I went for another local hike today, and it turned out being a little morbid. I hiked down Garley Canyon, in which a flash flood claimed two lives about six years ago. A family was either driving across or down the canyon when the flood hit and carried them away in their Ford Bronco, and their one-year-old boy was never found. I’d planned on having Traci follow me out and shuttle me to the top of the canyon after dropping the truck off at the bottom, but this morning I decided I needed the exercise and instead did it as a loop hike. By 10:00AM I’d parked the truck where a road crosses the canyon and started hiking down it. I saw a lot of bones, many of which were obviously deer or other wildlife. For the bones I couldn’t identify, I had to assume they were animal or else I got creeped out. The entire length of the canyon that I hiked was typical of other canyons in the area. After last week’s hike in Haley Canyon I was really hoping to find some rock art, but I had no such luck. I did find a piece of the Seal family’s Ford Bronco that had washed several miles down the canyon.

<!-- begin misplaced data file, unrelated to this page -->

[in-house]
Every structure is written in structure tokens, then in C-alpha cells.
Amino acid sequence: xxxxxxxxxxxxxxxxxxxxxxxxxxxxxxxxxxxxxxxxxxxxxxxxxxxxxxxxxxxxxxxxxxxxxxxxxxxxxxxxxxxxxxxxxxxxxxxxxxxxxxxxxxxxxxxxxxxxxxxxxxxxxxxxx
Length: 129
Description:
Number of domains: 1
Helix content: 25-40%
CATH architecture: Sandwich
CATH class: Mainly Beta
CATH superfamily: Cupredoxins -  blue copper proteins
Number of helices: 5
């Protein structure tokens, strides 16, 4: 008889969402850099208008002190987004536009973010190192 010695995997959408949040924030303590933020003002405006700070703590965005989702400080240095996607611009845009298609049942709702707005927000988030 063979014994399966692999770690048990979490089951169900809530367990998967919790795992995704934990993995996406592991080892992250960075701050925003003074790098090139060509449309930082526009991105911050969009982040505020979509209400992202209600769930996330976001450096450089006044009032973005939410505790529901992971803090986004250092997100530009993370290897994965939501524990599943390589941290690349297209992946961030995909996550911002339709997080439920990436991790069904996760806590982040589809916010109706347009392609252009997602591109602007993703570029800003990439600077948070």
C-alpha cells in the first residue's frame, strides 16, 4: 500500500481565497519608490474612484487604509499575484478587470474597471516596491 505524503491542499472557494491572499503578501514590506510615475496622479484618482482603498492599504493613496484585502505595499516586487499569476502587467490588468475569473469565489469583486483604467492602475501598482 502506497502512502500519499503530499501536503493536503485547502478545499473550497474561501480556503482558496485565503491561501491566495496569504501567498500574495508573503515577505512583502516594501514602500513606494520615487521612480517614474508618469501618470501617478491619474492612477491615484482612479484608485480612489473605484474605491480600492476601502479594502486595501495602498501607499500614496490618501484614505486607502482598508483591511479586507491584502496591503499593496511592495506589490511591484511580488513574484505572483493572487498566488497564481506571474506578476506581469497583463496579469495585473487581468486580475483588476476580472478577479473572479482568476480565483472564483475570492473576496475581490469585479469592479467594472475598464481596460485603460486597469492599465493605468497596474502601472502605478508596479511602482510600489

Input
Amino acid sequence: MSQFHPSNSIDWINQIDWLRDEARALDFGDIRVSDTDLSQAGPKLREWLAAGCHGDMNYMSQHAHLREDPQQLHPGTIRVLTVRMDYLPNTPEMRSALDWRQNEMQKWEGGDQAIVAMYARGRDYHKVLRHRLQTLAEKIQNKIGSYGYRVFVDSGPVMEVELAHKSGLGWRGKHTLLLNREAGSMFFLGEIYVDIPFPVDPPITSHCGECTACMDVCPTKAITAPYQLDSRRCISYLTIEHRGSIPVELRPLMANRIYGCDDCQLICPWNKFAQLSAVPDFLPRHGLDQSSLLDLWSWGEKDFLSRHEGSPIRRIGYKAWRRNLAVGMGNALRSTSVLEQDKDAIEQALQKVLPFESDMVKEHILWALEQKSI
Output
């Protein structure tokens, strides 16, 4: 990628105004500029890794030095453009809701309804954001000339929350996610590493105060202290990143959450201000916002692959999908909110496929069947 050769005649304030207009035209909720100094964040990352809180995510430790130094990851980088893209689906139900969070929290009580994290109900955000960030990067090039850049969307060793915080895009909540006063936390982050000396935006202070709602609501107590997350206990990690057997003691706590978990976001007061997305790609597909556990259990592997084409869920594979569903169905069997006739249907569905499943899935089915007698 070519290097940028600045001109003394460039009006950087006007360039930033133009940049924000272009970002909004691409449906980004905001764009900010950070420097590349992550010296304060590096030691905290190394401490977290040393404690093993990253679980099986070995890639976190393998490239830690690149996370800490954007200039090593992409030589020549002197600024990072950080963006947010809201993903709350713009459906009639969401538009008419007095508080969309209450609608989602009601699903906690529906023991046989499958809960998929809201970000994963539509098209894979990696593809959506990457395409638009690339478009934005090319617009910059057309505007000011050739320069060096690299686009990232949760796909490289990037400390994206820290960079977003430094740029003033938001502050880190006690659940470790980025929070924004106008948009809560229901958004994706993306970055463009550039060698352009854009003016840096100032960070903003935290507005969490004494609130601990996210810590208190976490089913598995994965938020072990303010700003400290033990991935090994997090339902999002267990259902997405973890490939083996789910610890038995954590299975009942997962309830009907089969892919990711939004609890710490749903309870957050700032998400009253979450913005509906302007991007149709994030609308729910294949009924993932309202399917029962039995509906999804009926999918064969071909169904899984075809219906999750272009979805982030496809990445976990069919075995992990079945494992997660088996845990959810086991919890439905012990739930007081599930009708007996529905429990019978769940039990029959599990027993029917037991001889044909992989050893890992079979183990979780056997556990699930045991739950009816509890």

After about 3.5 miles I reached the end of the canyon near the Carbon Golf Course and hiked along a dirt road for a short distance before hiking up a fork on the north side of Garley Canyon (which I’ve unofficially called the North Fork of Garley Canyon). This fork of the canyon, which I almost didn’t hike, turned out to be a gem. There were springs and seeps all along the length of the canyon, though the water was heavily laced with minerals. On my first encounter with a seep I walked across what looked like dry ground, but there was a thin, dry mineral crust over a thick layer of mud. Most of the canyon was that way but, like the Fire Swamp, after the first encounter it was easy to avoid the rest of the hazards. 🙂 There were bobcat tracks all over the canyon. There was also a lot of thick tamarisk due to all the water, but there were game trails that avoided most of the thickest sections of tamarisk. I still had to do a fair amount of bushwhacking and came out with a few scrapes because of it. I reached the top end of the canyon where a gravel road crossed it, then walked along the road back to where the truck was parked. The total hike was about 6.3 miles and I completed it in just over five hours. The side canyon on the return trip really made it worthwhile, because Garley Canyon itself wouldn’t have been worthwhile.
GPS Tracklog and Waypoints (Google Earth .KMZ Format)
GPS Tracklog and Waypoints (Google Maps)